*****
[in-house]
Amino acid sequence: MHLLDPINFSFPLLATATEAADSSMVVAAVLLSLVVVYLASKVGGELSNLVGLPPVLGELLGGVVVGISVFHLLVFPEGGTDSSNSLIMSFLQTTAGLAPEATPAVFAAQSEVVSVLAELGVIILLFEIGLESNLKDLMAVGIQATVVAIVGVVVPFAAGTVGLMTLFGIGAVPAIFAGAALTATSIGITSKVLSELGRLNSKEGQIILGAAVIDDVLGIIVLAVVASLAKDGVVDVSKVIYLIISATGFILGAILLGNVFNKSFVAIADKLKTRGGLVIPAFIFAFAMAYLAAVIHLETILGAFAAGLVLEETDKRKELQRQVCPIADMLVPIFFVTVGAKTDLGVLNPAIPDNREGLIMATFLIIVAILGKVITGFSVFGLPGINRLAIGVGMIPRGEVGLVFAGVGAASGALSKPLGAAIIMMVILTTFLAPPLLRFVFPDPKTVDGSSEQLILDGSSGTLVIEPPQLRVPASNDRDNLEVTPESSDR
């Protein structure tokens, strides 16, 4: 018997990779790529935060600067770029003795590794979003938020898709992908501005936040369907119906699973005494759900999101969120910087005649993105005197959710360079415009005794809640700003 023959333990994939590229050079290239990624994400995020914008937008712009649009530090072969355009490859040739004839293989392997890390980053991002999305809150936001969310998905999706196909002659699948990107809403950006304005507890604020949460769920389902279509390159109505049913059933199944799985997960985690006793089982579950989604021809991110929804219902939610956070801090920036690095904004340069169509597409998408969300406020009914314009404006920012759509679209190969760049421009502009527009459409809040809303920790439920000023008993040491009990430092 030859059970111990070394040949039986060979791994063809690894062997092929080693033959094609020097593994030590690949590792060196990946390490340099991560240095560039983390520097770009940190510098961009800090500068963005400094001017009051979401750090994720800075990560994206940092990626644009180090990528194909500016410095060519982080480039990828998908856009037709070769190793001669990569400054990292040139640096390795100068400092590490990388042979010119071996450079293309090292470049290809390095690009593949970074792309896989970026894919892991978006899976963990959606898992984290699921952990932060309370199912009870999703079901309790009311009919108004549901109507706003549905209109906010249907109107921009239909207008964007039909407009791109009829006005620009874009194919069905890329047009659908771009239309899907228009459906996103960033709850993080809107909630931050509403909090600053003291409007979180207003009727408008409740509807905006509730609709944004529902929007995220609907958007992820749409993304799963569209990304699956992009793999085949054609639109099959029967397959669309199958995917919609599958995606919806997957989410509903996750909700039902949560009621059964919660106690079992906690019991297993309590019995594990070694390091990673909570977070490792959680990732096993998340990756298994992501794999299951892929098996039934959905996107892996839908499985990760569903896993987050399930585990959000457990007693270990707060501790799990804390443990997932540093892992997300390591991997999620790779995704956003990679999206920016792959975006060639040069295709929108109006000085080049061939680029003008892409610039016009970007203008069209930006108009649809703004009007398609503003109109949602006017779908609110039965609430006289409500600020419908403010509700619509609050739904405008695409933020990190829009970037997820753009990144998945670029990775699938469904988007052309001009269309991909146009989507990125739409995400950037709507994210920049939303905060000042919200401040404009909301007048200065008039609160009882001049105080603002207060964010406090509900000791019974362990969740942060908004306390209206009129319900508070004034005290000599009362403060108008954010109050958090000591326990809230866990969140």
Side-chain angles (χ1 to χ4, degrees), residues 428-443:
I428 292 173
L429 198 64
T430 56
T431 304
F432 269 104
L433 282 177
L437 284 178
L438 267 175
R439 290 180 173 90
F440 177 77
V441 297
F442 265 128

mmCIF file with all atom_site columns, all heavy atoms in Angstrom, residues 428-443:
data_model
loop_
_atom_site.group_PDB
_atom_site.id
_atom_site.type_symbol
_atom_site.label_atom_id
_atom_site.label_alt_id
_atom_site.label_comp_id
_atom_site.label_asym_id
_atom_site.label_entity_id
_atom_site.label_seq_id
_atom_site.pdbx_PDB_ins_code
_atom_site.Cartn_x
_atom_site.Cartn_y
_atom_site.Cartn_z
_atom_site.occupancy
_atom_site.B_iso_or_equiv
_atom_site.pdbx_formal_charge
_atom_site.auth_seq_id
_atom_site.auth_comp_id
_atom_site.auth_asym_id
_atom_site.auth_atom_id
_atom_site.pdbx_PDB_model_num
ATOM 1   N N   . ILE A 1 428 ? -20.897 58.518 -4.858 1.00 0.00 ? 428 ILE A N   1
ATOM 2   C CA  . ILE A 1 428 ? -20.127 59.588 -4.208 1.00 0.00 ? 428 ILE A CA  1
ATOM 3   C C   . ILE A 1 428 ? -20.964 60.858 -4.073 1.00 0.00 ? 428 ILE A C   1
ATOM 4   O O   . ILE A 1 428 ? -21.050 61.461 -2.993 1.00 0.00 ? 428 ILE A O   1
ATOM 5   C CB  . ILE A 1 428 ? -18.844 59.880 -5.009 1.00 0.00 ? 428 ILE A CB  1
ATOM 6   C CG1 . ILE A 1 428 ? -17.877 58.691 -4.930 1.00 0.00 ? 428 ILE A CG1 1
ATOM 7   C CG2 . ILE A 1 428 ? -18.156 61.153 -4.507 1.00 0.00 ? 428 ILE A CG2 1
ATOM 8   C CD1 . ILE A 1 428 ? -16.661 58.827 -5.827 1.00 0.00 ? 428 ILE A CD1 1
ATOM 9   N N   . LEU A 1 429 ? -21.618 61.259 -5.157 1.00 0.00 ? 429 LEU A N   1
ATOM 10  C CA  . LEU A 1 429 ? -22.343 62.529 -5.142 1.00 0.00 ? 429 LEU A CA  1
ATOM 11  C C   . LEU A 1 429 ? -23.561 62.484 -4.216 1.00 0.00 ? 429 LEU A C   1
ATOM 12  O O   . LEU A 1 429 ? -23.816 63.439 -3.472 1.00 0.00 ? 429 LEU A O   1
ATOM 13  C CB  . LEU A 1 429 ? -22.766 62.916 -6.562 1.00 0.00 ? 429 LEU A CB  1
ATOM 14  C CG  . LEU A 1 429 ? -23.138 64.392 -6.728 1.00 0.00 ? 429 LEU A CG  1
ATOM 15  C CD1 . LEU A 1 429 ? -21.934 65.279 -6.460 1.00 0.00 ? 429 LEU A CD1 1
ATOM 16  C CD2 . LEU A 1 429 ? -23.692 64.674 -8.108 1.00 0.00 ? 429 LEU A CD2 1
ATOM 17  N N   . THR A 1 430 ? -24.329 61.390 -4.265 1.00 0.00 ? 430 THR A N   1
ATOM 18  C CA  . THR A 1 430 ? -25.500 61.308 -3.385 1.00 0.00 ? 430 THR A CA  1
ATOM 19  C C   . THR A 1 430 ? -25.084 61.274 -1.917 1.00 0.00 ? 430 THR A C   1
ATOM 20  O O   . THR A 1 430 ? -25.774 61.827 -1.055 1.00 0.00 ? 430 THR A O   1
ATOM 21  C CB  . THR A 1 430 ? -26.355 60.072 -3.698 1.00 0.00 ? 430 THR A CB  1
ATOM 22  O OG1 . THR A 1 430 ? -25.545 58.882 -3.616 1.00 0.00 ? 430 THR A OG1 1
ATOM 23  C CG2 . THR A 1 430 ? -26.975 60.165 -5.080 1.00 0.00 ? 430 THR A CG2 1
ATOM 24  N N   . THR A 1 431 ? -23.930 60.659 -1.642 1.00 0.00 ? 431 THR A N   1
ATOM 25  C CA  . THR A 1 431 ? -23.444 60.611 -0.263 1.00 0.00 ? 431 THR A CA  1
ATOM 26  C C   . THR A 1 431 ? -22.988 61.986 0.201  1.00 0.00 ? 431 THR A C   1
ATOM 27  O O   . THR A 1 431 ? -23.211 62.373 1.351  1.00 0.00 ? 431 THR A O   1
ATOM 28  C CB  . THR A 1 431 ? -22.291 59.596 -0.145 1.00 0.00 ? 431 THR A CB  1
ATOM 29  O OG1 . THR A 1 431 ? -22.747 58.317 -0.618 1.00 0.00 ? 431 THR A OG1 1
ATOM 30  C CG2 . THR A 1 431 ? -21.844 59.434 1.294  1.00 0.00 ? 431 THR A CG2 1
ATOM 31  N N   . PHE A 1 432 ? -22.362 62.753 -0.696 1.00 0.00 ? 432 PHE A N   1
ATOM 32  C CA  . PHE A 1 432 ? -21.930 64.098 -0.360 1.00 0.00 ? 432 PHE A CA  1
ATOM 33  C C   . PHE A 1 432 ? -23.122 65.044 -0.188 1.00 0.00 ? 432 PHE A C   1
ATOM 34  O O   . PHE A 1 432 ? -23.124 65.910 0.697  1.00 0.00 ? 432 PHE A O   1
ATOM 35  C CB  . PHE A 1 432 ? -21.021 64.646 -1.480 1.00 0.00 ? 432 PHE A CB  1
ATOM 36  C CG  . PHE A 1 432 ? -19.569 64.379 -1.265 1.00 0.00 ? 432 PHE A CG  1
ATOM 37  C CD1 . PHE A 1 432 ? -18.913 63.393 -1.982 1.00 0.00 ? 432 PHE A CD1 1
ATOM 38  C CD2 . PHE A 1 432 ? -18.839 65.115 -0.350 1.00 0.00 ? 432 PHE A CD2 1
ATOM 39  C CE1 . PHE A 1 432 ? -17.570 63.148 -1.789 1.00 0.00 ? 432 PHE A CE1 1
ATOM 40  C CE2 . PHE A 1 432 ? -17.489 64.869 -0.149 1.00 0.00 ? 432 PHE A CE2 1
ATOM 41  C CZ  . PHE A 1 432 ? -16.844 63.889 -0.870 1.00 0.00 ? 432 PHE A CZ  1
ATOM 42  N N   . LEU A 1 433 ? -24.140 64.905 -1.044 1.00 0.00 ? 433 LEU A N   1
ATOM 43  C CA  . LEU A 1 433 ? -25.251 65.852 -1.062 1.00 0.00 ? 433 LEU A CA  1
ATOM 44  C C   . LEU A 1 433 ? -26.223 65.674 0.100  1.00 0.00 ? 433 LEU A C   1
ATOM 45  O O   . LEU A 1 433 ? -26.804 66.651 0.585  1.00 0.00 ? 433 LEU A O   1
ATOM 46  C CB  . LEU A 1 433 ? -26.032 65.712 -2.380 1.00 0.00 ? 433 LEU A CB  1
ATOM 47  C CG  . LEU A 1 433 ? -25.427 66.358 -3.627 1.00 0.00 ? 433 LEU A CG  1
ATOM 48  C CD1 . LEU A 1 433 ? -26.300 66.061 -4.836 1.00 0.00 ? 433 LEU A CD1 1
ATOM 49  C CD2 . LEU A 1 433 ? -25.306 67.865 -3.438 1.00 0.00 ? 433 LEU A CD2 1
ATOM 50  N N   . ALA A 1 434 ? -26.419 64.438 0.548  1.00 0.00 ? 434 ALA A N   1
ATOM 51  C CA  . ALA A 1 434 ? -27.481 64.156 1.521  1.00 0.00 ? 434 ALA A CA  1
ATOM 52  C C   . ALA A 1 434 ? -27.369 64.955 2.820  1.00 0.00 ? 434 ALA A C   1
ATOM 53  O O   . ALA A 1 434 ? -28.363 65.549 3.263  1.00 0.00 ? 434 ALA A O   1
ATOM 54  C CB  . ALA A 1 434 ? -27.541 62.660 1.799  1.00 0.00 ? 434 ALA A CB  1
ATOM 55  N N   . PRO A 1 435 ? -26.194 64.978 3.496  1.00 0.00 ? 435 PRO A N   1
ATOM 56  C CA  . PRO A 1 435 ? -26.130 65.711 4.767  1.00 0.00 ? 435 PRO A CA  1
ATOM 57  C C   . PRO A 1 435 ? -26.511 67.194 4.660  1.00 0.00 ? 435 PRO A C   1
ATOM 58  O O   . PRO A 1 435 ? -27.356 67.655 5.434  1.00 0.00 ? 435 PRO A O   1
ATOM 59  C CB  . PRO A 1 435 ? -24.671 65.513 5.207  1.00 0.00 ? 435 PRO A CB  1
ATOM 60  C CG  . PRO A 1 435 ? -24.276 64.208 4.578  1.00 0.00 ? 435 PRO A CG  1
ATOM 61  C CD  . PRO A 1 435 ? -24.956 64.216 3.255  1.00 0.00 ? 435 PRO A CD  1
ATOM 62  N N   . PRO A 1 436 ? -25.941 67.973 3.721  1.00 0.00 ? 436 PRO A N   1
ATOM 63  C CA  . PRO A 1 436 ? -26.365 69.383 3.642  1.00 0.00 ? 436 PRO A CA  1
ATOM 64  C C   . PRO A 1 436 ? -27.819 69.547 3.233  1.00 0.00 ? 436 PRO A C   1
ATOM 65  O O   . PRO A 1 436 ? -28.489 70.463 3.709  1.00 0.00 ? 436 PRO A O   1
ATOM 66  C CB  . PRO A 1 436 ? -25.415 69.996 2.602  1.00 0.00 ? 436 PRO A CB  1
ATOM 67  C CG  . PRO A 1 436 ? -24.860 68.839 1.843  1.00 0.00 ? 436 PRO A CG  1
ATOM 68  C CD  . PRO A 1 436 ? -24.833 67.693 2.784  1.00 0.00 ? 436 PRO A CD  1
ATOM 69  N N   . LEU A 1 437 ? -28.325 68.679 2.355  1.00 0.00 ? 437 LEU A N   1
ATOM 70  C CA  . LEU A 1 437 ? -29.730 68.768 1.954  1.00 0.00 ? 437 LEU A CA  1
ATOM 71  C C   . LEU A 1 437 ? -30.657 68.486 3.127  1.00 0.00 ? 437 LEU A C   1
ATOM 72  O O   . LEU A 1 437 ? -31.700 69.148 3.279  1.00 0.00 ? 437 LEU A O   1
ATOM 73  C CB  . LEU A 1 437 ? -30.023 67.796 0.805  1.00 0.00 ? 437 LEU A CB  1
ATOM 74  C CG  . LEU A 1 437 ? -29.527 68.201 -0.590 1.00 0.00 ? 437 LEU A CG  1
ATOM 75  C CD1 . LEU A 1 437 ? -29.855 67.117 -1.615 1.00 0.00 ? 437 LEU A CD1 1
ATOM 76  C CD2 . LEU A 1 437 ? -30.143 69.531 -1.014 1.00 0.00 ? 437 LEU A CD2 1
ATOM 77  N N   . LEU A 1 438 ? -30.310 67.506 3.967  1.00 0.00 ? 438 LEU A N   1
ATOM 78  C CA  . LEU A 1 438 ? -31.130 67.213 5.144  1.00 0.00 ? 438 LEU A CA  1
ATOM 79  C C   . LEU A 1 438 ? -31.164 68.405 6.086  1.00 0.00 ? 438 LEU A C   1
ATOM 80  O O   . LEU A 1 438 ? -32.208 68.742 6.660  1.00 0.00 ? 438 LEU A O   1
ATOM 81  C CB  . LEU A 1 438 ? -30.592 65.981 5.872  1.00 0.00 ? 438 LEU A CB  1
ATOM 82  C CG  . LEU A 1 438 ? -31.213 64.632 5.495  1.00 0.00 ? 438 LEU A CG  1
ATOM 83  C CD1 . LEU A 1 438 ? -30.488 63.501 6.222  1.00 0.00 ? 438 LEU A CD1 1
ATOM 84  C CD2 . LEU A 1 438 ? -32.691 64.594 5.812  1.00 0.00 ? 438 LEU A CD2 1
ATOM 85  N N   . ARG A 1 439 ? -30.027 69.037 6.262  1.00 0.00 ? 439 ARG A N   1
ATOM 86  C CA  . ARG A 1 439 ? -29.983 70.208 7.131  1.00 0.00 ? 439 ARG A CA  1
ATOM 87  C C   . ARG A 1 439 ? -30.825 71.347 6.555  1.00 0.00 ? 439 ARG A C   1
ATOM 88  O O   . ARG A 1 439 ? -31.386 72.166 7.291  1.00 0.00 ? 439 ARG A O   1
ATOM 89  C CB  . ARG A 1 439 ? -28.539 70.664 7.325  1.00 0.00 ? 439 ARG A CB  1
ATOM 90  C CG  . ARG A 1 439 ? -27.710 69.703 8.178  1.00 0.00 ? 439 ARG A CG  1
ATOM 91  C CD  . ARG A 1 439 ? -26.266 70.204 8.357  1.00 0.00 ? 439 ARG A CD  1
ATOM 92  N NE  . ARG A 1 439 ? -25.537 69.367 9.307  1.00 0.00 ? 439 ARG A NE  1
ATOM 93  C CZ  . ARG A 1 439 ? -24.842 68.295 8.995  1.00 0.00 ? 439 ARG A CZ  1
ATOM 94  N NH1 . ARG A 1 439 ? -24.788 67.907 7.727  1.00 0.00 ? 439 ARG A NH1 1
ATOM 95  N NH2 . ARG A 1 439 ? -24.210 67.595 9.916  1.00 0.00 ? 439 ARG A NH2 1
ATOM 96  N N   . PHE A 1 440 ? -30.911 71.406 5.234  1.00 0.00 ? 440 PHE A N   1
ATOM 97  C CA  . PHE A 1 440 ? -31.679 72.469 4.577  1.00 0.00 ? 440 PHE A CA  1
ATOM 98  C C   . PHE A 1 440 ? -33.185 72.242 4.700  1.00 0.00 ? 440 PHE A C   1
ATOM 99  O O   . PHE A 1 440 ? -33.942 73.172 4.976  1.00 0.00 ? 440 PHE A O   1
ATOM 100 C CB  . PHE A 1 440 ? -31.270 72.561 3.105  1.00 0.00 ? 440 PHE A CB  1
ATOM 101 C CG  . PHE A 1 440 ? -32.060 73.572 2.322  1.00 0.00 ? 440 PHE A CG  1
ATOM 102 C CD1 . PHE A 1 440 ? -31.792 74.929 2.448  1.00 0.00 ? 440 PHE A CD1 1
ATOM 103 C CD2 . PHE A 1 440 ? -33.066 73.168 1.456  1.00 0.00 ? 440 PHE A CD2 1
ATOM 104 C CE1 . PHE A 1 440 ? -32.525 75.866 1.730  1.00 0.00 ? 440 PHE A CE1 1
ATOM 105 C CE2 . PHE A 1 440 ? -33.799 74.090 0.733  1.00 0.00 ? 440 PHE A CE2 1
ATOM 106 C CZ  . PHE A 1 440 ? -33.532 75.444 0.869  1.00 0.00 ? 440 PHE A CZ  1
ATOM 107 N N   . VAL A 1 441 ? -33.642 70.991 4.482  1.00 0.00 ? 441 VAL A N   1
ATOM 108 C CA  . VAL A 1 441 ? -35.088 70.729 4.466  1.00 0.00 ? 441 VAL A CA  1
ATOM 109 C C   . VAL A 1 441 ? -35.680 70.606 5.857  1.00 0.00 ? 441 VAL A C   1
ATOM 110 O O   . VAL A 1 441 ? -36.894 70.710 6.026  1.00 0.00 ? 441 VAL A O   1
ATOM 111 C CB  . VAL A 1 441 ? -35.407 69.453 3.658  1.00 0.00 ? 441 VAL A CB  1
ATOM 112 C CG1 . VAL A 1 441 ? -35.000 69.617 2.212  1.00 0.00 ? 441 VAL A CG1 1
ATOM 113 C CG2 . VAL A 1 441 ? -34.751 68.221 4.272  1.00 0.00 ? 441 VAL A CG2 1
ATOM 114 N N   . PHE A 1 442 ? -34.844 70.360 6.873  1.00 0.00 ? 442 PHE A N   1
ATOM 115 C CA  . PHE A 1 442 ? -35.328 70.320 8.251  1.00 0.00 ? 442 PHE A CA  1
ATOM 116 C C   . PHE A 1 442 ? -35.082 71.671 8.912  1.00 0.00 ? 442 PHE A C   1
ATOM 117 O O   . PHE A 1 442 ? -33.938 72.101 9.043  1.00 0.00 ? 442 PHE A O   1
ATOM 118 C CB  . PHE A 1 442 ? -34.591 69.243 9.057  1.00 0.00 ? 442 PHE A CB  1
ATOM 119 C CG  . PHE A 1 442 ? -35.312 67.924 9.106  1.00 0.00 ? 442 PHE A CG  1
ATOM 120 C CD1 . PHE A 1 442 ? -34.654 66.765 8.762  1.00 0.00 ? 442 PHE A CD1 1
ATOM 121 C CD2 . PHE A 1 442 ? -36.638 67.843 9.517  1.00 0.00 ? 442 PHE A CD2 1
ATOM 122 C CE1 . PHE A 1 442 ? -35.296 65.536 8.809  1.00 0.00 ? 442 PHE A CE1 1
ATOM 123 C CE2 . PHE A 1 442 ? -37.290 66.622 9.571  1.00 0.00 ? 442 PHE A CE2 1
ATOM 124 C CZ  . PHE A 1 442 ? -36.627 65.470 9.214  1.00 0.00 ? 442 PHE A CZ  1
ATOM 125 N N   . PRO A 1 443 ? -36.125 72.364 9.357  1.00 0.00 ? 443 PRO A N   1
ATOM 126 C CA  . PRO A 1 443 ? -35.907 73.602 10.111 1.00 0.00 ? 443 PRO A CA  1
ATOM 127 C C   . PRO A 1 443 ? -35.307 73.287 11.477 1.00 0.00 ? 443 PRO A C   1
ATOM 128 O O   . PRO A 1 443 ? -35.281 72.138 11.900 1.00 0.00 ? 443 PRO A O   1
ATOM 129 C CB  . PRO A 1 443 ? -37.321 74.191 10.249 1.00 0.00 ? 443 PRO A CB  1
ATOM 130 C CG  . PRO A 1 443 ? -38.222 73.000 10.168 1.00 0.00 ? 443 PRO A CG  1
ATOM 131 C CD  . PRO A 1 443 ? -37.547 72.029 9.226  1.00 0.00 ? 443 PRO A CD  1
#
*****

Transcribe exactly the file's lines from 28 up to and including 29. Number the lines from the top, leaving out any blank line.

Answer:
_atom_site.label_seq_id
_atom_site.pdbx_PDB_ins_code